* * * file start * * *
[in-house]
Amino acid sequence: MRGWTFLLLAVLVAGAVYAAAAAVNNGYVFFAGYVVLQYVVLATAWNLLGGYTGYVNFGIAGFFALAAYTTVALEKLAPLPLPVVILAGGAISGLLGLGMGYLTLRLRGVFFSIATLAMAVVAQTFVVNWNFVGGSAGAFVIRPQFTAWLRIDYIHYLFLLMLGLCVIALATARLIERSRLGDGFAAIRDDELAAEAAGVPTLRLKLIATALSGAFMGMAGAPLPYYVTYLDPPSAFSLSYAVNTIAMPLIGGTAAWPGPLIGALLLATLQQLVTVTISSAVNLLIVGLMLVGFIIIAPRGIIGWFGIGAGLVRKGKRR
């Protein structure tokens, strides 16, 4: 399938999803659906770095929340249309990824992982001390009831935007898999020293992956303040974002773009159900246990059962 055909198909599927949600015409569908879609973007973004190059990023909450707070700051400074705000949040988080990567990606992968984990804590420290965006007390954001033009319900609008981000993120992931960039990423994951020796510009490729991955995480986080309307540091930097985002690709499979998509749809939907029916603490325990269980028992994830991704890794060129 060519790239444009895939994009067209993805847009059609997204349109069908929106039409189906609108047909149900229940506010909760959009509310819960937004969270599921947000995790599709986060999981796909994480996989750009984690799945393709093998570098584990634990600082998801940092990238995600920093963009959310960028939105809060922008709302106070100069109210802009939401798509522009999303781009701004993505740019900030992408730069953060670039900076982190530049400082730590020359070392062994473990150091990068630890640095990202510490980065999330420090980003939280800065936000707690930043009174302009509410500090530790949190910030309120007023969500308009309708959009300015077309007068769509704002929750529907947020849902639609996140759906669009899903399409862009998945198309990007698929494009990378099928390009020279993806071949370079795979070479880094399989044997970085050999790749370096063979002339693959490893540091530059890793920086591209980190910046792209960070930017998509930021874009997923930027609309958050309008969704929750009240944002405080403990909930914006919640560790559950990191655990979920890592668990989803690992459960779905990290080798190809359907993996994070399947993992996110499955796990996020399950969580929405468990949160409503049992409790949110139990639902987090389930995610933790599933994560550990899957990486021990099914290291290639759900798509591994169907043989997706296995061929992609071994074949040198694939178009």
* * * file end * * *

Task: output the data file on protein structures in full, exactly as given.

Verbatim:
[in-house]
Amino acid sequence: MRGWTFLLLAVLVAGAVYAAAAAVNNGYVFFAGYVVLQYVVLATAWNLLGGYTGYVNFGIAGFFALAAYTTVALEKLAPLPLPVVILAGGAISGLLGLGMGYLTLRLRGVFFSIATLAMAVVAQTFVVNWNFVGGSAGAFVIRPQFTAWLRIDYIHYLFLLMLGLCVIALATARLIERSRLGDGFAAIRDDELAAEAAGVPTLRLKLIATALSGAFMGMAGAPLPYYVTYLDPPSAFSLSYAVNTIAMPLIGGTAAWPGPLIGALLLATLQQLVTVTISSAVNLLIVGLMLVGFIIIAPRGIIGWFGIGAGLVRKGKRR
């Protein structure tokens, strides 16, 4: 399938999803659906770095929340249309990824992982001390009831935007898999020293992956303040974002773009159900246990059962 055909198909599927949600015409569908879609973007973004190059990023909450707070700051400074705000949040988080990567990606992968984990804590420290965006007390954001033009319900609008981000993120992931960039990423994951020796510009490729991955995480986080309307540091930097985002690709499979998509749809939907029916603490325990269980028992994830991704890794060129 060519790239444009895939994009067209993805847009059609997204349109069908929106039409189906609108047909149900229940506010909760959009509310819960937004969270599921947000995790599709986060999981796909994480996989750009984690799945393709093998570098584990634990600082998801940092990238995600920093963009959310960028939105809060922008709302106070100069109210802009939401798509522009999303781009701004993505740019900030992408730069953060670039900076982190530049400082730590020359070392062994473990150091990068630890640095990202510490980065999330420090980003939280800065936000707690930043009174302009509410500090530790949190910030309120007023969500308009309708959009300015077309007068769509704002929750529907947020849902639609996140759906669009899903399409862009998945198309990007698929494009990378099928390009020279993806071949370079795979070479880094399989044997970085050999790749370096063979002339693959490893540091530059890793920086591209980190910046792209960070930017998509930021874009997923930027609309958050309008969704929750009240944002405080403990909930914006919640560790559950990191655990979920890592668990989803690992459960779905990290080798190809359907993996994070399947993992996110499955796990996020399950969580929405468990949160409503049992409790949110139990639902987090389930995610933790599933994560550990899957990486021990099914290291290639759900798509591994169907043989997706296995061929992609071994074949040198694939178009």